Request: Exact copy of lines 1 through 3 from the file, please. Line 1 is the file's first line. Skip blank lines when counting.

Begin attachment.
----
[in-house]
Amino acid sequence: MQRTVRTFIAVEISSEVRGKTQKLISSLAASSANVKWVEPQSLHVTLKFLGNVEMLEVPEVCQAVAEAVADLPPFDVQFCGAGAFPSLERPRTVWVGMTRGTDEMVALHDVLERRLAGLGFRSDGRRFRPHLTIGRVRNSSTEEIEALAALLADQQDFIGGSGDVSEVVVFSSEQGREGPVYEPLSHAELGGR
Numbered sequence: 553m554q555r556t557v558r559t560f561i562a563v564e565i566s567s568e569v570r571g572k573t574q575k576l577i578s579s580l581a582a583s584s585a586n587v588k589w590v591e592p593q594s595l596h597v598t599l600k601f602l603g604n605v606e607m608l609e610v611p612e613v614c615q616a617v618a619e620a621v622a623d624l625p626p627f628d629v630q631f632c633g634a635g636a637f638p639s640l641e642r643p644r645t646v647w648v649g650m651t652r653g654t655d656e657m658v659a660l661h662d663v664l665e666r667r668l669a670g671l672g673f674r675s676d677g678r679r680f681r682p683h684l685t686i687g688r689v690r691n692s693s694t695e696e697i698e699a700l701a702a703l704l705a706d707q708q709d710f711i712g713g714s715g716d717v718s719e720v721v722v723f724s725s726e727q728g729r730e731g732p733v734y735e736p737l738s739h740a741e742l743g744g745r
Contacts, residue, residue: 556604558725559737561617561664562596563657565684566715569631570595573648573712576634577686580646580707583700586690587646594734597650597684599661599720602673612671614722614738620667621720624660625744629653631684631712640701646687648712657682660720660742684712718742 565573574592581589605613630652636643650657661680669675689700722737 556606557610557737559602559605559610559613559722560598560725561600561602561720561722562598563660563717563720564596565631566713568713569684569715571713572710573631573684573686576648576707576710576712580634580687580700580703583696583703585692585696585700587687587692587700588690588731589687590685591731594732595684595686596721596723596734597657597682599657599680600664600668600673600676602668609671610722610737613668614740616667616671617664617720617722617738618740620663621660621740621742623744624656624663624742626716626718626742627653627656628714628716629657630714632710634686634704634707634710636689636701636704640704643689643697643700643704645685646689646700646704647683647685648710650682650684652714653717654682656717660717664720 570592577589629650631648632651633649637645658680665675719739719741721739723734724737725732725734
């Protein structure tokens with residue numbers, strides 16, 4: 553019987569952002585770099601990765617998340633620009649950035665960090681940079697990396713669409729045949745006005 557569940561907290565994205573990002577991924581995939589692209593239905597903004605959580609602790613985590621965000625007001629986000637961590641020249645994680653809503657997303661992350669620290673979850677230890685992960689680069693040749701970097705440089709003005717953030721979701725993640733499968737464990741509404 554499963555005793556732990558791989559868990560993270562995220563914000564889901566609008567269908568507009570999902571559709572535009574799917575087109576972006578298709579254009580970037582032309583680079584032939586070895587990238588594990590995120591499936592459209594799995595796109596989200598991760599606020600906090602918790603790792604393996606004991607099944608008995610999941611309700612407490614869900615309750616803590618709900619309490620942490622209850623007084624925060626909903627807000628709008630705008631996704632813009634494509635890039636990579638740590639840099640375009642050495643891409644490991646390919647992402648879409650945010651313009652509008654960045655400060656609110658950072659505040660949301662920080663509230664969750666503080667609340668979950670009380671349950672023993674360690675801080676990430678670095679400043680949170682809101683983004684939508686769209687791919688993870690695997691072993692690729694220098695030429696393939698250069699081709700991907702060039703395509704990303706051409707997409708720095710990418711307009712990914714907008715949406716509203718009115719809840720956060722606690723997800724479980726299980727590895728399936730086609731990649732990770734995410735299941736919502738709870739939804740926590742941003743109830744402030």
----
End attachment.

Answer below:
[in-house]
Amino acid sequence: MQRTVRTFIAVEISSEVRGKTQKLISSLAASSANVKWVEPQSLHVTLKFLGNVEMLEVPEVCQAVAEAVADLPPFDVQFCGAGAFPSLERPRTVWVGMTRGTDEMVALHDVLERRLAGLGFRSDGRRFRPHLTIGRVRNSSTEEIEALAALLADQQDFIGGSGDVSEVVVFSSEQGREGPVYEPLSHAELGGR
Numbered sequence: 553m554q555r556t557v558r559t560f561i562a563v564e565i566s567s568e569v570r571g572k573t574q575k576l577i578s579s580l581a582a583s584s585a586n587v588k589w590v591e592p593q594s595l596h597v598t599l600k601f602l603g604n605v606e607m608l609e610v611p612e613v614c615q616a617v618a619e620a621v622a623d624l625p626p627f628d629v630q631f632c633g634a635g636a637f638p639s640l641e642r643p644r645t646v647w648v649g650m651t652r653g654t655d656e657m658v659a660l661h662d663v664l665e666r667r668l669a670g671l672g673f674r675s676d677g678r679r680f681r682p683h684l685t686i687g688r689v690r691n692s693s694t695e696e697i698e699a700l701a702a703l704l705a706d707q708q709d710f711i712g713g714s715g716d717v718s719e720v721v722v723f724s725s726e727q728g729r730e731g732p733v734y735e736p737l738s739h740a741e742l743g744g745r